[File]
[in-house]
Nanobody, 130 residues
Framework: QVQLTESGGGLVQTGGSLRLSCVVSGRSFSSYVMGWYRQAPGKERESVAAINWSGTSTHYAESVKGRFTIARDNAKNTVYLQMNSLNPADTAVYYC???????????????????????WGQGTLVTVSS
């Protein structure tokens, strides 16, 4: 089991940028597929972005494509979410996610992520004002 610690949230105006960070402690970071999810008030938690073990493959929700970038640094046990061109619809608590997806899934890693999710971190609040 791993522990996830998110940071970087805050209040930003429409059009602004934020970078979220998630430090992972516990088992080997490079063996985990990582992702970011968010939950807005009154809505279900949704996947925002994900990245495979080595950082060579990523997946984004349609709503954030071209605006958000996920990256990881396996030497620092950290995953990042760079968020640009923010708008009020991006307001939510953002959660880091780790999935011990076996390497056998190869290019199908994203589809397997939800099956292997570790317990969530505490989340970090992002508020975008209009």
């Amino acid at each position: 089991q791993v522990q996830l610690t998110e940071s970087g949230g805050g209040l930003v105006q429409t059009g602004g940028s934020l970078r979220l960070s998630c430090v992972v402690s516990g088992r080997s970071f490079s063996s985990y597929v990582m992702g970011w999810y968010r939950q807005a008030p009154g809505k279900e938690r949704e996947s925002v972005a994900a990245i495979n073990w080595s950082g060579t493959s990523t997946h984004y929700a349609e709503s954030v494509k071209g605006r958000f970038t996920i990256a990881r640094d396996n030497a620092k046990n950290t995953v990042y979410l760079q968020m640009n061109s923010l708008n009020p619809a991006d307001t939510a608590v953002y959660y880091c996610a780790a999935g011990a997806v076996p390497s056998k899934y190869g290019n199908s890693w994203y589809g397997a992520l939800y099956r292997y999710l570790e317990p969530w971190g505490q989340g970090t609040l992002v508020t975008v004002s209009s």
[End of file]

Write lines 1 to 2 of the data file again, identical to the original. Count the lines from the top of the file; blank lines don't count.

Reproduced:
[in-house]
Nanobody, 130 residues